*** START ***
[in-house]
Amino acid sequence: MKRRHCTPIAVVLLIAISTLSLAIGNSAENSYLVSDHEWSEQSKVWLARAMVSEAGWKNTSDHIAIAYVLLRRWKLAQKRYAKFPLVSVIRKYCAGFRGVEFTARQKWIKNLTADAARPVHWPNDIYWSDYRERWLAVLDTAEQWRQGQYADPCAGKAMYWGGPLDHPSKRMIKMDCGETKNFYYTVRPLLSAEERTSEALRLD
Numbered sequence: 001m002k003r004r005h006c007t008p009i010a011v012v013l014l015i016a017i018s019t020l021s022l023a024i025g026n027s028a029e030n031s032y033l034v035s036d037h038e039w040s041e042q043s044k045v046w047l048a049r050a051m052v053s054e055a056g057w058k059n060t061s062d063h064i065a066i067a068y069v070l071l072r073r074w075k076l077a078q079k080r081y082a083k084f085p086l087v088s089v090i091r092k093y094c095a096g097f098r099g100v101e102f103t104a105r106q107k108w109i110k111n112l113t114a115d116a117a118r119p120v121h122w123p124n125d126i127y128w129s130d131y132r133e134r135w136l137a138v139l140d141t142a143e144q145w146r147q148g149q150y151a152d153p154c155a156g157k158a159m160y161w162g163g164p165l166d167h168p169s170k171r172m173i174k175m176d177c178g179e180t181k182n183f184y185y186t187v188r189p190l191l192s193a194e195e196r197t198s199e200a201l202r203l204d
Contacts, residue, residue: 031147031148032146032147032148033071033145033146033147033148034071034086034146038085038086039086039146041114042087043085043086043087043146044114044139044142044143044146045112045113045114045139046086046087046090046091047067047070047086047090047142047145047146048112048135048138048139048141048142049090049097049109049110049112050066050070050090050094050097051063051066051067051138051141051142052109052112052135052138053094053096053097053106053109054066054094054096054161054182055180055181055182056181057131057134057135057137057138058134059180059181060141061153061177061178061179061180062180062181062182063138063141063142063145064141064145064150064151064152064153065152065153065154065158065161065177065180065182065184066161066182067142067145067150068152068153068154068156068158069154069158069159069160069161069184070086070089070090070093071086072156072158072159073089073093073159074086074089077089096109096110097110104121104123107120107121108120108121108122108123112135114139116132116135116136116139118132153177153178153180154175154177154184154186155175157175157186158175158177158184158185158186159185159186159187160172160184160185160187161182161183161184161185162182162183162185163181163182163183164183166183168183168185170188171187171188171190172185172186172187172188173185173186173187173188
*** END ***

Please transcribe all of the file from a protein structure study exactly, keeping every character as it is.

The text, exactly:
[in-house]
Amino acid sequence: MKRRHCTPIAVVLLIAISTLSLAIGNSAENSYLVSDHEWSEQSKVWLARAMVSEAGWKNTSDHIAIAYVLLRRWKLAQKRYAKFPLVSVIRKYCAGFRGVEFTARQKWIKNLTADAARPVHWPNDIYWSDYRERWLAVLDTAEQWRQGQYADPCAGKAMYWGGPLDHPSKRMIKMDCGETKNFYYTVRPLLSAEERTSEALRLD
Numbered sequence: 001m002k003r004r005h006c007t008p009i010a011v012v013l014l015i016a017i018s019t020l021s022l023a024i025g026n027s028a029e030n031s032y033l034v035s036d037h038e039w040s041e042q043s044k045v046w047l048a049r050a051m052v053s054e055a056g057w058k059n060t061s062d063h064i065a066i067a068y069v070l071l072r073r074w075k076l077a078q079k080r081y082a083k084f085p086l087v088s089v090i091r092k093y094c095a096g097f098r099g100v101e102f103t104a105r106q107k108w109i110k111n112l113t114a115d116a117a118r119p120v121h122w123p124n125d126i127y128w129s130d131y132r133e134r135w136l137a138v139l140d141t142a143e144q145w146r147q148g149q150y151a152d153p154c155a156g157k158a159m160y161w162g163g164p165l166d167h168p169s170k171r172m173i174k175m176d177c178g179e180t181k182n183f184y185y186t187v188r189p190l191l192s193a194e195e196r197t198s199e200a201l202r203l204d
Contacts, residue, residue: 031147031148032146032147032148033071033145033146033147033148034071034086034146038085038086039086039146041114042087043085043086043087043146044114044139044142044143044146045112045113045114045139046086046087046090046091047067047070047086047090047142047145047146048112048135048138048139048141048142049090049097049109049110049112050066050070050090050094050097051063051066051067051138051141051142052109052112052135052138053094053096053097053106053109054066054094054096054161054182055180055181055182056181057131057134057135057137057138058134059180059181060141061153061177061178061179061180062180062181062182063138063141063142063145064141064145064150064151064152064153065152065153065154065158065161065177065180065182065184066161066182067142067145067150068152068153068154068156068158069154069158069159069160069161069184070086070089070090070093071086072156072158072159073089073093073159074086074089077089096109096110097110104121104123107120107121108120108121108122108123112135114139116132116135116136116139118132153177153178153180154175154177154184154186155175157175157186158175158177158184158185158186159185159186159187160172160184160185160187161182161183161184161185162182162183162185163181163182163183164183166183168183168185170188171187171188171190172185172186172187172188173185173186173187173188